From inboxing to thought showers: how business bullshit took over | News | The Guardian

After the meeting, I found myself wondering why otherwise smart people so easily slipped into this kind of business bullshit. How had this obfuscatory way of speaking become so successful? There are a number of familiar and credible explanations. People use management-speak to give the impression of expertise. The inherent vagueness of this language also helps us dodge tough questions. Then there is the simple fact that even if business bullshit annoys many people, in most work situations we try our hardest to be polite and avoid confrontation. So instead of causing a scene by questioning the bullshit flying around the room, I followed the example of Simon Harwood, the director of strategic governance in the BBC’s self-satirising TV sitcom W1A. I used his standard response to any idea – no matter how absurd – “hurrah”.

How a $20 tablet from India could blindside PC makers, educate billions and transform computing as we know it

How a $20 tablet from India could blindside PC makers, educate billions and transform computing as we know it.

So many things were interesting to me in this. Boy, if small electronics materialized out of the air instead of out of open pit mines, the idea of abundant disposable tablets would be pretty exciting.

In other words, people will start buying something in large numbers if it solves a big problem for them. But most first-world problems—needing an easier way to record your favorite TV programs or keep track of what’s in your fridge—just aren’t that pressing. In developing countries, on the other hand, technology can transform lives.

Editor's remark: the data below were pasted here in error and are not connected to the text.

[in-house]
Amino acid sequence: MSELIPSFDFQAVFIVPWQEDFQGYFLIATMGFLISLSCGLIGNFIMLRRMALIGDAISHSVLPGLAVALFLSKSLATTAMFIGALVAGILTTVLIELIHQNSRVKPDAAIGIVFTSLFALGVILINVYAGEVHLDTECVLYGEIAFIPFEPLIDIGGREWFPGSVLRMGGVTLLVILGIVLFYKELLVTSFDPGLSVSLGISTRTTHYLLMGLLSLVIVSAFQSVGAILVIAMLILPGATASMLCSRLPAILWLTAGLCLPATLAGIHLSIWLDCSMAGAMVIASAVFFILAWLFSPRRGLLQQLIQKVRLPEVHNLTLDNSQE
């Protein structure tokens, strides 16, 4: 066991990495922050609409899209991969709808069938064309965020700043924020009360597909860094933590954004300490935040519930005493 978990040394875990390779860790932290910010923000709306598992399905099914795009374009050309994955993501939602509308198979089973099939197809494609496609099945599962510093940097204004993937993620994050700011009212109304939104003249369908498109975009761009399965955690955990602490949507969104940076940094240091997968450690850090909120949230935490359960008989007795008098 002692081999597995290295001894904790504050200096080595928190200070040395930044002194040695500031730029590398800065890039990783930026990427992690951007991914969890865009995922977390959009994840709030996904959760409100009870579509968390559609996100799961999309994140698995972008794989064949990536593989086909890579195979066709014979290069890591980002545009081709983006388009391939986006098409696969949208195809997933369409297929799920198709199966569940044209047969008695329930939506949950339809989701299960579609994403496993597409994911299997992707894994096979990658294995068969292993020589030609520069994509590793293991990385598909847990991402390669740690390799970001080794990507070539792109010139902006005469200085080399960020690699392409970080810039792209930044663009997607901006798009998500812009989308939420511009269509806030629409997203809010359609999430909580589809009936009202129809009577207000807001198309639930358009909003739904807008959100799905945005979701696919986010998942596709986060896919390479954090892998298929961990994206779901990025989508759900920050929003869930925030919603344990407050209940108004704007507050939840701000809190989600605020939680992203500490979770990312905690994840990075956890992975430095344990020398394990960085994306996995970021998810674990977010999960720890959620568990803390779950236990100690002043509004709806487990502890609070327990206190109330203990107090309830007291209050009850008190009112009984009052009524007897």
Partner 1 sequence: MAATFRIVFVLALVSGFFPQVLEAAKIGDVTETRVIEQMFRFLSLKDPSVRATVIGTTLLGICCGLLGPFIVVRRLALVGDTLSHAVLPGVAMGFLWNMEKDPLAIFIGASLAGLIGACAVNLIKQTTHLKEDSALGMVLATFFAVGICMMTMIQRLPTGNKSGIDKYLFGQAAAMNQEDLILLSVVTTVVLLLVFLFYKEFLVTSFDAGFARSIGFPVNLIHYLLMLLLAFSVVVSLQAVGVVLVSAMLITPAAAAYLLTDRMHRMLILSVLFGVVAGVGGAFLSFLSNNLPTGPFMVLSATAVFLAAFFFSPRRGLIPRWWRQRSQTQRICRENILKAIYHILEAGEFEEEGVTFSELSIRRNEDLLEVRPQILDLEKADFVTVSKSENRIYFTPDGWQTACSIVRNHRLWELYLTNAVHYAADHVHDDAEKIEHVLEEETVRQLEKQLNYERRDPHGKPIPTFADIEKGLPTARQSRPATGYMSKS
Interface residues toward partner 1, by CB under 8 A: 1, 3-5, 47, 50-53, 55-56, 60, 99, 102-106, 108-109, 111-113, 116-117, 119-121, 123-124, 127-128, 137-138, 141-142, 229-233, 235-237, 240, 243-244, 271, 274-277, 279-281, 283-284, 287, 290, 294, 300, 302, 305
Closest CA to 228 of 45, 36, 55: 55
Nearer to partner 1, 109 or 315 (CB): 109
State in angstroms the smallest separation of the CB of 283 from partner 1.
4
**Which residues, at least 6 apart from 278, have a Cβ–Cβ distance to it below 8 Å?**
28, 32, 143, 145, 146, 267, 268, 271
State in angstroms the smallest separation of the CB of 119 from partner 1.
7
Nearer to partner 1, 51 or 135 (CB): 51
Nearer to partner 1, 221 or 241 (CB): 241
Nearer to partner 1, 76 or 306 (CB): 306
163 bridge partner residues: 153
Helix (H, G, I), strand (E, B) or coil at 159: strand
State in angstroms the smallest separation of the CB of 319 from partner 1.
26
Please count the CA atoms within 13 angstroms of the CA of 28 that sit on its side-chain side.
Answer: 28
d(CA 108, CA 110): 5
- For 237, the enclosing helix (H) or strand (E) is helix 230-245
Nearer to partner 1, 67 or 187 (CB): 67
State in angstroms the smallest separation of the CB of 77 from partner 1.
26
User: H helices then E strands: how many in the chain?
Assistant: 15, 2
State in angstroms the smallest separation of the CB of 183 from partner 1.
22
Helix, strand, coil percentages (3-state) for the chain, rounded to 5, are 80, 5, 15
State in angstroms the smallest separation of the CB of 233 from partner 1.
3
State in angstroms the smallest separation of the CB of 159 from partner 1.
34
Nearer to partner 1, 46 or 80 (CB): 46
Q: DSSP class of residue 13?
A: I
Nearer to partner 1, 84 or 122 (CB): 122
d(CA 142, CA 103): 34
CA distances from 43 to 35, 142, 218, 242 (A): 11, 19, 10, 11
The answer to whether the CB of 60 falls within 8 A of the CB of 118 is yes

One of the reasons these tablets are so cheap in China and India, where they are made, is that production costs have now fallen so far that shipping, distribution and customs duties have become a significant part of their price in the rich world. (Devices comparable to the Aakash 2 or the generic 7″ tablets of China cost $99 and up in the US.)

Enabling that revolution will require many more manufacturers than Datawind. The company is scrambling to meet its current obligations, and Tuli says that in six to nine months Datawind will be making 500,000 tablets per month—half again as many units as Google’s hit Nexus 7 tablet has been shipping every month. China’s unbranded 7-inch tablets are widely available, but bringing them to other countries at a price comparable to the Aakash will require setting up factories and supply chains in every country in which tablets will be sold.

“You will see regional tablets,” says Wadhwa. “There’s no magic here—you can buy components all over world and build locally, and voilà, you have a tablet.” Eventually, in other words, we might think as much about the maker of our tablets as we think about the printers of our books or the manufacturers of our paper. As a medium, tablets and their successors could become the ultimate commodity.

Women in Tech and Empathy Work | Lauren Bacon

Women in Tech and Empathy Work | Lauren Bacon

“Are coders encouraged to develop their people skills (communication with colleagues and customers, user empathy, etc.), or are those skills offloaded to other departments? How do you determine the pay grades for the various roles and departments in your company? Do compensation levels reflect any unconscious assumptions about the respective value of different skill sets? How do you value your team’s “empathizers”?”